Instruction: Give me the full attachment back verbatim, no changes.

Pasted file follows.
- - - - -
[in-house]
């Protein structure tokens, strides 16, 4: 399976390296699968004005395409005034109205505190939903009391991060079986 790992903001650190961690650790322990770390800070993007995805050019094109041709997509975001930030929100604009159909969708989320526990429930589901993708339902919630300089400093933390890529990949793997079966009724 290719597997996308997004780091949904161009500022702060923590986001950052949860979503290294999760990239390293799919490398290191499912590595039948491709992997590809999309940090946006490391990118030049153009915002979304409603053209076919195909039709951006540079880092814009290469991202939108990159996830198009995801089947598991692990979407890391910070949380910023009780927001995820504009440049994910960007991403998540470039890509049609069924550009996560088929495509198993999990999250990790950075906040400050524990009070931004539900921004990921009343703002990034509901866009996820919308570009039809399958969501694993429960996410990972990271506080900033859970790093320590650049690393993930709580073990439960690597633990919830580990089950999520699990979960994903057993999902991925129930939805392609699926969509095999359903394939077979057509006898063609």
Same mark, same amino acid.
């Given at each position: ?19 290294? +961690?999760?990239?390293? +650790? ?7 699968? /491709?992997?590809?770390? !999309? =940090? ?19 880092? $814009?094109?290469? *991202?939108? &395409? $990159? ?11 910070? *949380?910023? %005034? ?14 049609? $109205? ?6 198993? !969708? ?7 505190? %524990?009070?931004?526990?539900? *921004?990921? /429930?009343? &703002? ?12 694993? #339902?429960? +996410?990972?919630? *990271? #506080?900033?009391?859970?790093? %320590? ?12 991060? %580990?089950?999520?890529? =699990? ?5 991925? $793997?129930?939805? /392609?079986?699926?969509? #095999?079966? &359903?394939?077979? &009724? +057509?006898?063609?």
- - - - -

[in-house]
């Protein structure tokens, strides 16, 4: 399976390296699968004005395409005034109205505190939903009391991060079986 790992903001650190961690650790322990770390800070993007995805050019094109041709997509975001930030929100604009159909969708989320526990429930589901993708339902919630300089400093933390890529990949793997079966009724 290719597997996308997004780091949904161009500022702060923590986001950052949860979503290294999760990239390293799919490398290191499912590595039948491709992997590809999309940090946006490391990118030049153009915002979304409603053209076919195909039709951006540079880092814009290469991202939108990159996830198009995801089947598991692990979407890391910070949380910023009780927001995820504009440049994910960007991403998540470039890509049609069924550009996560088929495509198993999990999250990790950075906040400050524990009070931004539900921004990921009343703002990034509901866009996820919308570009039809399958969501694993429960996410990972990271506080900033859970790093320590650049690393993930709580073990439960690597633990919830580990089950999520699990979960994903057993999902991925129930939805392609699926969509095999359903394939077979057509006898063609």
Same mark, same amino acid.
């Given at each position: ?19 290294? +961690?999760?990239?390293? +650790? ?7 699968? /491709?992997?590809?770390? !999309? =940090? ?19 880092? $814009?094109?290469? *991202?939108? &395409? $990159? ?11 910070? *949380?910023? %005034? ?14 049609? $109205? ?6 198993? !969708? ?7 505190? %524990?009070?931004?526990?539900? *921004?990921? /429930?009343? &703002? ?12 694993? #339902?429960? +996410?990972?919630? *990271? #506080?900033?009391?859970?790093? %320590? ?12 991060? %580990?089950?999520?890529? =699990? ?5 991925? $793997?129930?939805? /392609?079986?699926?969509? #095999?079966? &359903?394939?077979? &009724? +057509?006898?063609?």